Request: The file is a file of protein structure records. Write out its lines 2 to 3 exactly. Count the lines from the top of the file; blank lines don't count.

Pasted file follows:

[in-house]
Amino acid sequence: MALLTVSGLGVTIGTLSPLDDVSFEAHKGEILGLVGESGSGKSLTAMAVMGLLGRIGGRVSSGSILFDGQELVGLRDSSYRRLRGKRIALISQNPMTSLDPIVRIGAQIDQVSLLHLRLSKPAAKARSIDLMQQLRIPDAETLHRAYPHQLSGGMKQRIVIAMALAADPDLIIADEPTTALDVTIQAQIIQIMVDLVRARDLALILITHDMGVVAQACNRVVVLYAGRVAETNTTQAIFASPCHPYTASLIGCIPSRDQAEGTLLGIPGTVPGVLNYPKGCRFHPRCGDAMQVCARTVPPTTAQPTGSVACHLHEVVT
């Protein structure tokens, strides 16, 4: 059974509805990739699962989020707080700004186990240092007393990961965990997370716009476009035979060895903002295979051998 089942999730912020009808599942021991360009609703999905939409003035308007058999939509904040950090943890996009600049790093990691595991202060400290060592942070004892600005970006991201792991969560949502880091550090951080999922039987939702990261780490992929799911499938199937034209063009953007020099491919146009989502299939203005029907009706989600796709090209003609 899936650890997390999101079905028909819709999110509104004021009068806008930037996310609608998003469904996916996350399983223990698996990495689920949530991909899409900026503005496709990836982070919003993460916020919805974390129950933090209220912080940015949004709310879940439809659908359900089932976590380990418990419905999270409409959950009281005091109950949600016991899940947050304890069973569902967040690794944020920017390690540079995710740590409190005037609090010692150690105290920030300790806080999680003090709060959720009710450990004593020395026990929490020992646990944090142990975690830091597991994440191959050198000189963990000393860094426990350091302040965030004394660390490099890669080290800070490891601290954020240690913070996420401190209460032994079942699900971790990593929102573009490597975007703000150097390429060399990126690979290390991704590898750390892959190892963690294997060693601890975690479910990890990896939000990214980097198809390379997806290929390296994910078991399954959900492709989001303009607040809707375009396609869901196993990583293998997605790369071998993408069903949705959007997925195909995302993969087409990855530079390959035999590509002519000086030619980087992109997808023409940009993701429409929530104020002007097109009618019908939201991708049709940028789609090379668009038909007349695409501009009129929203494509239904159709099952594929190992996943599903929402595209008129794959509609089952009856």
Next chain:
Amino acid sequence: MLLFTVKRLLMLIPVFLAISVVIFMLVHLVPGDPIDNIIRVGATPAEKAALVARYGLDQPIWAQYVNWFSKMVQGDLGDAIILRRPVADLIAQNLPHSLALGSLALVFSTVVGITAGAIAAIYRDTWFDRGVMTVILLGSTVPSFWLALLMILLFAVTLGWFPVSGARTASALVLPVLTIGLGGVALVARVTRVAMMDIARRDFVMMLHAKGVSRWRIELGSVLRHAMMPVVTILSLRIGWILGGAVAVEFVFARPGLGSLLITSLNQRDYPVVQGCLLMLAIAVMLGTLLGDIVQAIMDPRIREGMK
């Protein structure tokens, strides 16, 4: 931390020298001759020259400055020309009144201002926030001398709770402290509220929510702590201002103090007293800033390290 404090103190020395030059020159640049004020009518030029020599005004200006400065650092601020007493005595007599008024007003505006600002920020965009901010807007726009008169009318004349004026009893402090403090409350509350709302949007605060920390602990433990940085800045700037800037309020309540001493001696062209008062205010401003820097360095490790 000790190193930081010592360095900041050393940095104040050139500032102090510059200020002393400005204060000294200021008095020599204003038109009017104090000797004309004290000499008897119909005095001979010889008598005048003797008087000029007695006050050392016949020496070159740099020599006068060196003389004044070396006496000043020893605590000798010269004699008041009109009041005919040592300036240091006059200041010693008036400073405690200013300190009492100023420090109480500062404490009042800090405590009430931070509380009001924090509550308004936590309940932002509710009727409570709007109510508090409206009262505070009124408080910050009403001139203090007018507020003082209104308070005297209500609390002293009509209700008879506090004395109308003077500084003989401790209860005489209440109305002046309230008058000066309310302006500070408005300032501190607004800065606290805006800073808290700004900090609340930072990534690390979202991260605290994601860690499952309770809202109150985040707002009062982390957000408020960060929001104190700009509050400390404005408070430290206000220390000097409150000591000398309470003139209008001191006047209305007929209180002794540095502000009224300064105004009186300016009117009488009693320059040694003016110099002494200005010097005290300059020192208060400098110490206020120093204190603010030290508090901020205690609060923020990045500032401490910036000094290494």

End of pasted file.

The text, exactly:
Amino acid sequence: MALLTVSGLGVTIGTLSPLDDVSFEAHKGEILGLVGESGSGKSLTAMAVMGLLGRIGGRVSSGSILFDGQELVGLRDSSYRRLRGKRIALISQNPMTSLDPIVRIGAQIDQVSLLHLRLSKPAAKARSIDLMQQLRIPDAETLHRAYPHQLSGGMKQRIVIAMALAADPDLIIADEPTTALDVTIQAQIIQIMVDLVRARDLALILITHDMGVVAQACNRVVVLYAGRVAETNTTQAIFASPCHPYTASLIGCIPSRDQAEGTLLGIPGTVPGVLNYPKGCRFHPRCGDAMQVCARTVPPTTAQPTGSVACHLHEVVT
């Protein structure tokens, strides 16, 4: 059974509805990739699962989020707080700004186990240092007393990961965990997370716009476009035979060895903002295979051998 089942999730912020009808599942021991360009609703999905939409003035308007058999939509904040950090943890996009600049790093990691595991202060400290060592942070004892600005970006991201792991969560949502880091550090951080999922039987939702990261780490992929799911499938199937034209063009953007020099491919146009989502299939203005029907009706989600796709090209003609 899936650890997390999101079905028909819709999110509104004021009068806008930037996310609608998003469904996916996350399983223990698996990495689920949530991909899409900026503005496709990836982070919003993460916020919805974390129950933090209220912080940015949004709310879940439809659908359900089932976590380990418990419905999270409409959950009281005091109950949600016991899940947050304890069973569902967040690794944020920017390690540079995710740590409190005037609090010692150690105290920030300790806080999680003090709060959720009710450990004593020395026990929490020992646990944090142990975690830091597991994440191959050198000189963990000393860094426990350091302040965030004394660390490099890669080290800070490891601290954020240690913070996420401190209460032994079942699900971790990593929102573009490597975007703000150097390429060399990126690979290390991704590898750390892959190892963690294997060693601890975690479910990890990896939000990214980097198809390379997806290929390296994910078991399954959900492709989001303009607040809707375009396609869901196993990583293998997605790369071998993408069903949705959007997925195909995302993969087409990855530079390959035999590509002519000086030619980087992109997808023409940009993701429409929530104020002007097109009618019908939201991708049709940028789609090379668009038909007349695409501009009129929203494509239904159709099952594929190992996943599903929402595209008129794959509609089952009856």